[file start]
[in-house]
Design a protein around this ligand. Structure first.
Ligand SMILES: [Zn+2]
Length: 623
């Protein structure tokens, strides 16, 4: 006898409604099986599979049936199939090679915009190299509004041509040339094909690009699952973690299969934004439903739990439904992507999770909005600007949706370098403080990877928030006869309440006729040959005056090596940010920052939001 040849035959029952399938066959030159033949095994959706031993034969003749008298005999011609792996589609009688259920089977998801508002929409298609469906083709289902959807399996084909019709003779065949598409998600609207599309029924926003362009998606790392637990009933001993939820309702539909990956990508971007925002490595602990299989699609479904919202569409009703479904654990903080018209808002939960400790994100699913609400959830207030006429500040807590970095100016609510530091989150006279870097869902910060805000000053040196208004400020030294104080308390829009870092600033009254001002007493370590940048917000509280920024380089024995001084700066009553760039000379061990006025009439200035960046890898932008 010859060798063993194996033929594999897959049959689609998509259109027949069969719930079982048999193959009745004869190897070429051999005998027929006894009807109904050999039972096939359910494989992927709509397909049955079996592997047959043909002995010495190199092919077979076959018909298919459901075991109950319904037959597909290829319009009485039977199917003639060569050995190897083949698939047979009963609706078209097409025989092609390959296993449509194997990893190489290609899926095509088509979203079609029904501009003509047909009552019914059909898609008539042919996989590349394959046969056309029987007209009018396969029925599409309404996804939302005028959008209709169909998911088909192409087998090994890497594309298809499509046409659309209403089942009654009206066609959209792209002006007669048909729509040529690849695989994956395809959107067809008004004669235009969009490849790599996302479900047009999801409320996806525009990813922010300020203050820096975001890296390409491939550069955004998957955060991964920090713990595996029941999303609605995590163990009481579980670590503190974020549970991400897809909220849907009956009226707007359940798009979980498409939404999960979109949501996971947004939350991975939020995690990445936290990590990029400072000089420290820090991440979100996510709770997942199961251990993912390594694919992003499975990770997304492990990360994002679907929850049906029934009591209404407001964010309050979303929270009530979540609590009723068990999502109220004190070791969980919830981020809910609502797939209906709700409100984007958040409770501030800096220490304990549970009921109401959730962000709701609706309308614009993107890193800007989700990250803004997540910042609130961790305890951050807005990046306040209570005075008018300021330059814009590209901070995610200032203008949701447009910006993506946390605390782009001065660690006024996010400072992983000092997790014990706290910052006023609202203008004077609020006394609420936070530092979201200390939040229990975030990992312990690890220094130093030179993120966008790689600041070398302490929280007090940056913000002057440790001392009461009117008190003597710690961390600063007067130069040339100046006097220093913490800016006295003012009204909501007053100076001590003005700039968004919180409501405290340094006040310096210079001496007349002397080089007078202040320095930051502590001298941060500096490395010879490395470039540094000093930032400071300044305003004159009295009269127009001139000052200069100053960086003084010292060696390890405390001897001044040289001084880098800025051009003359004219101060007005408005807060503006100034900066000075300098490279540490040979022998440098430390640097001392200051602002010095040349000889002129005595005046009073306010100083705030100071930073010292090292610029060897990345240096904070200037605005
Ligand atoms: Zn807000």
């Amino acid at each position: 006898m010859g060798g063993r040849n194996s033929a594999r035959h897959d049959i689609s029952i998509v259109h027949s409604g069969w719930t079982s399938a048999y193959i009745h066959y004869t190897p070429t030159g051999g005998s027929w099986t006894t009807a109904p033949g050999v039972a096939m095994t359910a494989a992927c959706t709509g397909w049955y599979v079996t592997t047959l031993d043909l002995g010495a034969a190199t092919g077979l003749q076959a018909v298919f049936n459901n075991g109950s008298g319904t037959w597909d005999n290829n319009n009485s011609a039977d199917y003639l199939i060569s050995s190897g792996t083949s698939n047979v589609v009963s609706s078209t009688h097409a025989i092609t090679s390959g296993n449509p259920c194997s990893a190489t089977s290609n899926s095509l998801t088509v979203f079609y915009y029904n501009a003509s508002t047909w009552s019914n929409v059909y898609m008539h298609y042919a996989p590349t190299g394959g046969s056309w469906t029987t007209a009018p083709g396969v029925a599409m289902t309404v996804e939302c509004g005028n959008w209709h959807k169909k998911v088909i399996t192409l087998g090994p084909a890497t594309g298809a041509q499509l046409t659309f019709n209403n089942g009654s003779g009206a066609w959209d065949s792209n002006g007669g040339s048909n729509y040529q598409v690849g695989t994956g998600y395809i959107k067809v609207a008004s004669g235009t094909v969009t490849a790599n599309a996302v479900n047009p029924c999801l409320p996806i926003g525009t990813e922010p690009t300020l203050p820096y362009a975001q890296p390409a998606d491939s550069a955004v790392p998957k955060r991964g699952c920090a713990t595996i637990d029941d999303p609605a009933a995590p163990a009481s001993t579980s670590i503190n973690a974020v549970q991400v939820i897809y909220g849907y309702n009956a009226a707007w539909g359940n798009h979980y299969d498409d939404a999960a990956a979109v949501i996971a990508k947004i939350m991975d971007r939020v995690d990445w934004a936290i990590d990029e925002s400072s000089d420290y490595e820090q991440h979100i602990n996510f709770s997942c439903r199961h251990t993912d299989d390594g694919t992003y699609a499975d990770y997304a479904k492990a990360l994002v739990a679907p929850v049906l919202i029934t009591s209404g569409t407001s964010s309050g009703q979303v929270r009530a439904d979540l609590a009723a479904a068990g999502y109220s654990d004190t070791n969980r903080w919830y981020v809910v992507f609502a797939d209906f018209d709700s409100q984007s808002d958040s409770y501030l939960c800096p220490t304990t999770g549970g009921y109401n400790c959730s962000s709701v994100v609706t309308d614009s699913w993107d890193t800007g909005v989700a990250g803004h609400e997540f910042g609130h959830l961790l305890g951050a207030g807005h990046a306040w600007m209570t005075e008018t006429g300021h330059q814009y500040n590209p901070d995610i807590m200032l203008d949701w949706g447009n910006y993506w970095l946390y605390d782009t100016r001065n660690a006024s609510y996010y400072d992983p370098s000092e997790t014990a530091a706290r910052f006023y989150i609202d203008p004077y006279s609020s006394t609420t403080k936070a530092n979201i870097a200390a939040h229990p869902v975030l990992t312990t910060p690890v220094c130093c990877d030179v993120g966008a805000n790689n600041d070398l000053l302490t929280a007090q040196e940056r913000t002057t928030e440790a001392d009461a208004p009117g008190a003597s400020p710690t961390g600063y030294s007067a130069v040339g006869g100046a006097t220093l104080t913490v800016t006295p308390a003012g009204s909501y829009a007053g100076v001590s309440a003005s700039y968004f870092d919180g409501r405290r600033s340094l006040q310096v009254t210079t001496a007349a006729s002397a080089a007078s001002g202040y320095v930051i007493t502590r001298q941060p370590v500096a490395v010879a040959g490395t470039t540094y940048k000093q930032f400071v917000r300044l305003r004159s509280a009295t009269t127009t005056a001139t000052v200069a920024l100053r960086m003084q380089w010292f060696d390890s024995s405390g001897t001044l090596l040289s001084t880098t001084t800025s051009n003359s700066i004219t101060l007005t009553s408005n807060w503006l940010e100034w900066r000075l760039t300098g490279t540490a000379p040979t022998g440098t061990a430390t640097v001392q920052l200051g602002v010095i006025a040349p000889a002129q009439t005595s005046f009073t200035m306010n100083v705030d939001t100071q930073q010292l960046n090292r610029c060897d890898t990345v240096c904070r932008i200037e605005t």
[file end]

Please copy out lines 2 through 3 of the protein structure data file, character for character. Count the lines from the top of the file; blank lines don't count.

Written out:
Design a protein around this ligand. Structure first.
Ligand SMILES: [Zn+2]